I thank the Minister for giving way, and I hope he will address some of the points I raised. It is right that HMRC will be in charge of the collection of VAT, but one of the problems appears to be that, while we have the trader support service in Northern Ireland—which in most cases, but not always, has been helpful in giving advice to businesses there—many businesses in GB have not had the same level of information. One of the reasons why some of those businesses are saying that they are not going to sell to Northern Ireland is simply that they believe that the processes are so complicated, and they have no support by either having that clarified or being assured that the customs declarations and all the other paperwork will not be as complicated as they think it will be.

It is very easy to overstate the complexity of the issues involved. In the cases that the right hon. Gentleman mentions, the Northern Irish partner has full access to the trader support service, and the Great British partner has a comprehensive amount of guidance online, so the two come together. Inevitably, people will take some time to get used to what is, after all, a change in the arrangements. He is right to pick up the point about the effectiveness of the TSS. I do not think there is a suggestion that the support that businesses have been given in terms of information is anything less than comprehensive.

The right hon. Member for East Antrim asked about do-it-yourself builders. I can confirm that no further information will be required from do-it-yourself house builders, who will file a single VAT return. Obviously, they will be subject to the same proof of payment as they would have been before. In general, the point of this scheme is that without it, they would not be able to deduct acquisition VAT as they could prior to the end of transition period. Through this scheme, they can continue to recover the same VAT as they could before, therefore it is thoroughly to be welcomed.

The right hon. Member for Orkney and Shetland (Mr Carmichael) asked about VAT RES. I am very sorry, but that was in the wrong debate. If he had held his horses, he could have raised that in the next debate, or he could have raised it—equally inappropriately—in the previous debate, which I see he was down to speak in. The good news is that my hon. Friend the Exchequer Secretary will address these issues comprehensively in the debate to follow.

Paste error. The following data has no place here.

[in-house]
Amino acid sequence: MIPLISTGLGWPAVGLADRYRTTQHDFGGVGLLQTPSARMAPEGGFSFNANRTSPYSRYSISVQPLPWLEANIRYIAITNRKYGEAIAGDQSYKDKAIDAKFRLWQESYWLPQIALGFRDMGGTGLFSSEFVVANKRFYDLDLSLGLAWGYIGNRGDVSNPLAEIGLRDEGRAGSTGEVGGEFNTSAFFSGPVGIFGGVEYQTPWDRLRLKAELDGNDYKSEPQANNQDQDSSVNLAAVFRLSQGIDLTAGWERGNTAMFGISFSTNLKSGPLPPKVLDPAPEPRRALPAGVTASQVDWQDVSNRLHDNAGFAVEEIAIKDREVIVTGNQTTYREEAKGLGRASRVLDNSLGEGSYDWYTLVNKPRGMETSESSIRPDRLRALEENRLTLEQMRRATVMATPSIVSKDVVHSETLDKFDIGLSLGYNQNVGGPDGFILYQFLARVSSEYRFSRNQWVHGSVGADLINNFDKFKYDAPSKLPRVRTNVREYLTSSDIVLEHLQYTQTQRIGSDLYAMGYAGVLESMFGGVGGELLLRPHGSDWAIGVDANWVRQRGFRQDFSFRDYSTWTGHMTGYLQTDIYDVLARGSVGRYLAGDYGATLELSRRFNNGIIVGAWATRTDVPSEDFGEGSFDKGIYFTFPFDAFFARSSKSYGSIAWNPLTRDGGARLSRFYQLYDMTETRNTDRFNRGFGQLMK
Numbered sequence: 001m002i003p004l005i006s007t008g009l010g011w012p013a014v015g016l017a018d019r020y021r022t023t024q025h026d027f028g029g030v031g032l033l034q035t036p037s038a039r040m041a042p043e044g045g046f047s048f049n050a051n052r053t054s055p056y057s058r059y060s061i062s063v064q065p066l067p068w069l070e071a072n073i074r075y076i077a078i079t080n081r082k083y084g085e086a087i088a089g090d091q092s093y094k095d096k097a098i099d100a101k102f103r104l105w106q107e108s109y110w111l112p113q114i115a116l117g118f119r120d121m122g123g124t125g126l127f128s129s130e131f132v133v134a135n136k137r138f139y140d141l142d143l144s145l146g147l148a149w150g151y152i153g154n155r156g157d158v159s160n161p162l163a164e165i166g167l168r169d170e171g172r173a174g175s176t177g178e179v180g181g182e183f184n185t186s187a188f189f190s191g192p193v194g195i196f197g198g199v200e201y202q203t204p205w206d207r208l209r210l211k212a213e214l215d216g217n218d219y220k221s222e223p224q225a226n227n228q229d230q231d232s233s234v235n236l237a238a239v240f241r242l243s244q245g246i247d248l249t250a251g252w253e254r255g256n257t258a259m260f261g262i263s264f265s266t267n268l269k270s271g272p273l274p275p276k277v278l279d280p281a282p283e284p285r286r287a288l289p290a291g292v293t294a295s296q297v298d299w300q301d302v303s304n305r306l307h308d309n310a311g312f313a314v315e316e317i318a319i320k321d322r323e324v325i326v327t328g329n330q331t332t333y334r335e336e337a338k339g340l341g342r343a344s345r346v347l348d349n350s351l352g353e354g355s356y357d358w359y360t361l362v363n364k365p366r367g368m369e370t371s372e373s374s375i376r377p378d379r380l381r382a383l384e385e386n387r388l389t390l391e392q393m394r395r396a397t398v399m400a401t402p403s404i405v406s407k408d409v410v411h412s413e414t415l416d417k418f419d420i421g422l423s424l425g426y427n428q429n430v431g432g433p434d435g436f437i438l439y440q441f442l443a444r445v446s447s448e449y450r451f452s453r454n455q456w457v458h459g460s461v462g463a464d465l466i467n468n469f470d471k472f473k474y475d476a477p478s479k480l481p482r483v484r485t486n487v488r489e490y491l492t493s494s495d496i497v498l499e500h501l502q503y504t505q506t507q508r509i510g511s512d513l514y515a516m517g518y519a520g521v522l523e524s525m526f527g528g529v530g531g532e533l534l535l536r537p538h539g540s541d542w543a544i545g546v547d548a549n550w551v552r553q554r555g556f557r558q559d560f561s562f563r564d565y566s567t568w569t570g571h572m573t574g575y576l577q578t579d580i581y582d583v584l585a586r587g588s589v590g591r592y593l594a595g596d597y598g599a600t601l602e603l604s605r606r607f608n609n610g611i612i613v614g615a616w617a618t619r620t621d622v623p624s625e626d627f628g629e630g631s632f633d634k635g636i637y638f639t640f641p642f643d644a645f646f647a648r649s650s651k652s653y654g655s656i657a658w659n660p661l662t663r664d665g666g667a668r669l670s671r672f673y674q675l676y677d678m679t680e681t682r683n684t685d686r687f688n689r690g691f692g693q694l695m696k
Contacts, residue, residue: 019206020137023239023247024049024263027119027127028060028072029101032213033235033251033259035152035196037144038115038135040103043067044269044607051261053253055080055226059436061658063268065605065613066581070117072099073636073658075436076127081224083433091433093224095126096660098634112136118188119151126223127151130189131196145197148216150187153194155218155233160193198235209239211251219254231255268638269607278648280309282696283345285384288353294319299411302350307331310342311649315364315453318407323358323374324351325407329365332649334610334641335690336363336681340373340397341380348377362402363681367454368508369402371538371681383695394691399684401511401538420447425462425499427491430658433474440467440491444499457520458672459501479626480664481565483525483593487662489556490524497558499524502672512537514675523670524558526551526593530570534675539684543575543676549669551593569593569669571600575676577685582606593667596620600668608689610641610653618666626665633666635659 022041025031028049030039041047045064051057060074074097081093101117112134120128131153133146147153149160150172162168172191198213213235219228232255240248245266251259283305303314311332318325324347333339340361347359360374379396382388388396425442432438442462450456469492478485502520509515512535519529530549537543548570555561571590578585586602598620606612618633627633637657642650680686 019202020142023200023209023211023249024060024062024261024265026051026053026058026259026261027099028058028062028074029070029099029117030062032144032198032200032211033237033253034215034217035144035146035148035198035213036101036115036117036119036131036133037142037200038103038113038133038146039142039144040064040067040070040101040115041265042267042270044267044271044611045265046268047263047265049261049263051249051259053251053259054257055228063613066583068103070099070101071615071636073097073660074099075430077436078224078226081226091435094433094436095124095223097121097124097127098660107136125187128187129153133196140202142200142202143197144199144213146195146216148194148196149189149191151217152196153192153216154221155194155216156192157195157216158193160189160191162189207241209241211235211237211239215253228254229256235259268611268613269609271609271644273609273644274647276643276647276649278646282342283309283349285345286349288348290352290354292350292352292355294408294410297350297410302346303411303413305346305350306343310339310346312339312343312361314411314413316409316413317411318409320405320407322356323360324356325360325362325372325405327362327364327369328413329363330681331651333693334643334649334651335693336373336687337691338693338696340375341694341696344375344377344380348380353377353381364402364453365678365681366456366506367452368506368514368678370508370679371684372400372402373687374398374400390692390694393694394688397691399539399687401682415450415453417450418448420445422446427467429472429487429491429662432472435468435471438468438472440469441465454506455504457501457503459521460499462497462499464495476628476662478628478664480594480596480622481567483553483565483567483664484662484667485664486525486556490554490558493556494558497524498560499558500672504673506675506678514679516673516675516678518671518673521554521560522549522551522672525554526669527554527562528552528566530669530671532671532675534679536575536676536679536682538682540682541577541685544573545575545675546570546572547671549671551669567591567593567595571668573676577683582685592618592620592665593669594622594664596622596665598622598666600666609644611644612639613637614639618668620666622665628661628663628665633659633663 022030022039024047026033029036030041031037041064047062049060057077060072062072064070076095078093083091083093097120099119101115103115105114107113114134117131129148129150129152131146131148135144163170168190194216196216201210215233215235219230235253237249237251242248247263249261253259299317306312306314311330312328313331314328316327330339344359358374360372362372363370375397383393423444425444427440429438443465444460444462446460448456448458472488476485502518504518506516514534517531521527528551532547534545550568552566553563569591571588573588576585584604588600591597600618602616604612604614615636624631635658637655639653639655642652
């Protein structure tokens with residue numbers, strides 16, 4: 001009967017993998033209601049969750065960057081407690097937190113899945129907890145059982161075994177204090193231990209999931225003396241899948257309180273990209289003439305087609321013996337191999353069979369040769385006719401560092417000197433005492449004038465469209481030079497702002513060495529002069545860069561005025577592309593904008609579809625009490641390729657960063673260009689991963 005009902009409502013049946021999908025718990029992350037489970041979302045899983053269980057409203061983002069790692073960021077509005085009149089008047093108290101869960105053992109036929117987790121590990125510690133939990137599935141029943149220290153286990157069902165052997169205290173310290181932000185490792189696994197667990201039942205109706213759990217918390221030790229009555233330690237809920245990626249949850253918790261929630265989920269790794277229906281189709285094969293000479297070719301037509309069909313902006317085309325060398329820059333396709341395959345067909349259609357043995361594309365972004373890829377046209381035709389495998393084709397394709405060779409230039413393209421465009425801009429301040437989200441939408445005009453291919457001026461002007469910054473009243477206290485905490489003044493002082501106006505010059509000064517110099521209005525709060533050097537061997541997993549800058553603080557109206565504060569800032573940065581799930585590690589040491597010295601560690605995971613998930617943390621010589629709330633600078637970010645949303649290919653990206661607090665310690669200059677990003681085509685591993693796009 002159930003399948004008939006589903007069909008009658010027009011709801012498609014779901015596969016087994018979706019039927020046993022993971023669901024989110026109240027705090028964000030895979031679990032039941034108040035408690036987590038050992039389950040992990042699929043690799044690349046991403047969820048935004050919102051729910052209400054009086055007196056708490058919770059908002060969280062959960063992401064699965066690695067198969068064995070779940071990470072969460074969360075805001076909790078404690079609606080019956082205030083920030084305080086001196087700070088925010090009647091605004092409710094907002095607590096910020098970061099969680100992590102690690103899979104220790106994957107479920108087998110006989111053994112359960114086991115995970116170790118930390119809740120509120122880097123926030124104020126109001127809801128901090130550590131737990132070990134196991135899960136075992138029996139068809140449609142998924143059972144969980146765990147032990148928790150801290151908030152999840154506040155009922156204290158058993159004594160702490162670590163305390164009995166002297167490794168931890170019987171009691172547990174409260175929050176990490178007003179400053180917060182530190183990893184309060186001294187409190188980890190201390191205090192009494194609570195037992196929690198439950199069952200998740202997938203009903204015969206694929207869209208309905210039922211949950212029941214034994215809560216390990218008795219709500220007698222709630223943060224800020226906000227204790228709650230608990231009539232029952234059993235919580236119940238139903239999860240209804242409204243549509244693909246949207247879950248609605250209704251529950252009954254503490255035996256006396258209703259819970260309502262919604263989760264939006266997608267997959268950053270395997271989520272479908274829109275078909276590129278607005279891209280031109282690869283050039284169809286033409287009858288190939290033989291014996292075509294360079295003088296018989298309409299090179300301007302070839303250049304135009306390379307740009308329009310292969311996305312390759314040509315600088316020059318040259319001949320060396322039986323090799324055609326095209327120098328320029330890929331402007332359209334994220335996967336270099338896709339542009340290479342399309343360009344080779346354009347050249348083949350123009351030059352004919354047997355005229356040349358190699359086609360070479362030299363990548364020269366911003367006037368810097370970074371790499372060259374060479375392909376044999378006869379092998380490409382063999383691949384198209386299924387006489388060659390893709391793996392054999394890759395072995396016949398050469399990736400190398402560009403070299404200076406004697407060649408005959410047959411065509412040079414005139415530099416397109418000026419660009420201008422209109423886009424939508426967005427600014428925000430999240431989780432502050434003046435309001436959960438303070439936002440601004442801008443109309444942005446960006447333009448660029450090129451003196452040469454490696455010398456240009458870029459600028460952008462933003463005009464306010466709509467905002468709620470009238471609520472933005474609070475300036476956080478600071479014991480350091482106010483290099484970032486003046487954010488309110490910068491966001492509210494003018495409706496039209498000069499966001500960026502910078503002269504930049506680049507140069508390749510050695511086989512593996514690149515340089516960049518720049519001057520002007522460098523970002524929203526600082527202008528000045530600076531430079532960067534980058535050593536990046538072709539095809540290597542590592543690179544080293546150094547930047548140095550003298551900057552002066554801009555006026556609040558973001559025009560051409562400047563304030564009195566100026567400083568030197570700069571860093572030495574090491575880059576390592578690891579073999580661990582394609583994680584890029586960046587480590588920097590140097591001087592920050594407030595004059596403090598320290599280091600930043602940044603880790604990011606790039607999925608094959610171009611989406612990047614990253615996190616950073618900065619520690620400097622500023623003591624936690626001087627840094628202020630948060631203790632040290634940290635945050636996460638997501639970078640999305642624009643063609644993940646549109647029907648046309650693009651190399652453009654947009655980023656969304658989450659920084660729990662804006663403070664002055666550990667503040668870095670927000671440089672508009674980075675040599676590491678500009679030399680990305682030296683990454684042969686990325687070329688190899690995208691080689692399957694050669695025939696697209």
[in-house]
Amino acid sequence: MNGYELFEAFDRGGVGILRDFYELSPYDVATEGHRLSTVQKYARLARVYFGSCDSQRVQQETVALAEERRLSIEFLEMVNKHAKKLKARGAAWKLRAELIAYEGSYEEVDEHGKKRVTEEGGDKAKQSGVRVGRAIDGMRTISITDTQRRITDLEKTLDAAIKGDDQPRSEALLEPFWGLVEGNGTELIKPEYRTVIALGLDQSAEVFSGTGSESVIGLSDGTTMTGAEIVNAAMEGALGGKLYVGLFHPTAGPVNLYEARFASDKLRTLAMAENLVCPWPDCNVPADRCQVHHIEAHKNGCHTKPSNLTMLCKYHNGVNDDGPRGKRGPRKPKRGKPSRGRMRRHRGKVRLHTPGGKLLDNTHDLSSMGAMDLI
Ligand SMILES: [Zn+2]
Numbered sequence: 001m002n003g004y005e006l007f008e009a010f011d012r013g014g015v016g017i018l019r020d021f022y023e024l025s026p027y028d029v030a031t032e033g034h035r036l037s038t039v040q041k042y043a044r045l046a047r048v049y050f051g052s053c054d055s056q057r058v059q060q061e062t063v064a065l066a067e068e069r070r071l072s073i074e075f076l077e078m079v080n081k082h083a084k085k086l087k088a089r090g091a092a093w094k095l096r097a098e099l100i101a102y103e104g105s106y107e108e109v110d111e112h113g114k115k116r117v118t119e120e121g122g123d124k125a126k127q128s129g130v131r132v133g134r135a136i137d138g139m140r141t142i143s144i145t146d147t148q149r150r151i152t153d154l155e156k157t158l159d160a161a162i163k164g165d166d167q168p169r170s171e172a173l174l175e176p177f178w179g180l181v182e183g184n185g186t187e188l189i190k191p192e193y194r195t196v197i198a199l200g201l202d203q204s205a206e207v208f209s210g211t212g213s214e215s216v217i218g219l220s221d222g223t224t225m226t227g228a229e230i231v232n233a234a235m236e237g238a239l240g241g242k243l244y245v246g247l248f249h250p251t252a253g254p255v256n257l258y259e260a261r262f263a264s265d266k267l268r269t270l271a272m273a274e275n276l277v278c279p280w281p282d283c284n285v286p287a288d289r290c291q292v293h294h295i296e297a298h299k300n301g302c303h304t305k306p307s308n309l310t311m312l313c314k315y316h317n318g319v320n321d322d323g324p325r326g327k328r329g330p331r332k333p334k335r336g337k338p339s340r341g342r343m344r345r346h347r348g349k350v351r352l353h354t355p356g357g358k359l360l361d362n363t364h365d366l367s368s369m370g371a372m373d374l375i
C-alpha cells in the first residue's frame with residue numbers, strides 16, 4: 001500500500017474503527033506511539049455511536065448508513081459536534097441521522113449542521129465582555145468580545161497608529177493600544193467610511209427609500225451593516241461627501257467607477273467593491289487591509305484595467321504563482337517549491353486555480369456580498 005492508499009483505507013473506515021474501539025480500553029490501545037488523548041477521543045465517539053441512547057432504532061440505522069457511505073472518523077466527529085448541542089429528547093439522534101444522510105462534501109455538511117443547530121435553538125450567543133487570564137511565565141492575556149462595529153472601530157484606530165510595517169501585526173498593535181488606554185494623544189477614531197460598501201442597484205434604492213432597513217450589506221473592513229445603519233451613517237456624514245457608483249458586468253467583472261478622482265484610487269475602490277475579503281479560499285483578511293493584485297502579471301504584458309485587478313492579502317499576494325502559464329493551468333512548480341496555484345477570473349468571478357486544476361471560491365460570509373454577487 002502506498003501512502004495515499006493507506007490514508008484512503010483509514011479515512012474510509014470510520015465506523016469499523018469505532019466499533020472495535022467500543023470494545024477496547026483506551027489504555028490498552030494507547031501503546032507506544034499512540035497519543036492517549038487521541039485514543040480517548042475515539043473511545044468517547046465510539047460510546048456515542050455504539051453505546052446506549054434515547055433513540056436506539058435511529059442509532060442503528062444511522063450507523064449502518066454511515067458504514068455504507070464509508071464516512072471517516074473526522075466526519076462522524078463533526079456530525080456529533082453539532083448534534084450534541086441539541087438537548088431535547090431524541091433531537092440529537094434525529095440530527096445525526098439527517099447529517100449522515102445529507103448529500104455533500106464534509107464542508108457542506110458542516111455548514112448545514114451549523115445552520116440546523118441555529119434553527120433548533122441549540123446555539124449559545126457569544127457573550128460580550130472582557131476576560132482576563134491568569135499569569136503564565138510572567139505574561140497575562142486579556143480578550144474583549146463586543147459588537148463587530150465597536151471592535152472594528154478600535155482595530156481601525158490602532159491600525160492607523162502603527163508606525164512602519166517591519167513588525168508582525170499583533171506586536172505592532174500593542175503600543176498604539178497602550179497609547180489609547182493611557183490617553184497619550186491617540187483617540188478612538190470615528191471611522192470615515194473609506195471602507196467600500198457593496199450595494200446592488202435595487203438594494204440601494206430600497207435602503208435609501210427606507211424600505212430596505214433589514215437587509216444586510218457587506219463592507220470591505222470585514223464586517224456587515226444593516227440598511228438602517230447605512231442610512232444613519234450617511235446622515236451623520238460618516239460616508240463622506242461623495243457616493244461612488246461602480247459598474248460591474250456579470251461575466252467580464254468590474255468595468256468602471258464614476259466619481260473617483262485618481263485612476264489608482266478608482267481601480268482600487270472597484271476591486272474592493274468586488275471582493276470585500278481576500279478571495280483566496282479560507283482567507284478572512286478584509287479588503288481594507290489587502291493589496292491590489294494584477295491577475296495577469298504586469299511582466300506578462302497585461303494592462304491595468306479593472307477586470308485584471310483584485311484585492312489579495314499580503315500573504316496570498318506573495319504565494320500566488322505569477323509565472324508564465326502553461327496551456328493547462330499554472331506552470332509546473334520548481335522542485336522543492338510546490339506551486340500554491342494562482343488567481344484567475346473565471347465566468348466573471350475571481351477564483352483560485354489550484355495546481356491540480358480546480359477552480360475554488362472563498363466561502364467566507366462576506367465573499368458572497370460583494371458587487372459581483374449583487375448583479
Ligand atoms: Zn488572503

On the issue of small exporters, exports are zero-rated in relation to the UK, and they are not the principal topic of the legislation that we are discussing. The right hon. Member for Orkney and Shetland will be aware that there are measures coming from the EU in July, as I understand it, in relation to these matters that will to some extent—we wait to see the detail—mirror the facilitations that have been put in place, and they will hopefully support exporters from his constituency into the EU.

My hon. Friend the Member for North West Durham (Mr Holden) again raised the question about jobs and revenue. He will see that the tax information impact note does not expect there to be a significant material difference with regard to these issues, but there might, of course, have been some impact had we not put the facilitations in place and therefore these preserve the status quo, and rightly so.

I have already touched on some of the issues relating to the confusion over VAT that was raised by the hon. Member for Strangford). As he knows, in relation to imports, we have the Trader Support Service and, in relation to exports, there is comprehensive guidance available for anyone seeking to export.

Question put and agreed to.


That the Value Added Tax (Miscellaneous Amendments to Acts of Parliament) (EU Exit) Regulations 2020 (S.I., 2020, No. 1312), dated 18 November 2020, a copy of which was laid before this House on 19 November, be approved.


That the Value Added Tax (Miscellaneous Amendments to the Value Added Tax Act 1994 and Revocation) (EU Exit) Regulations 2020 (S.I., 2020, No. 1544), dated 18 December 2020, a copy of which was laid before this House on 21 December, be approved.—(Jesse Norman.)

Sitting suspended.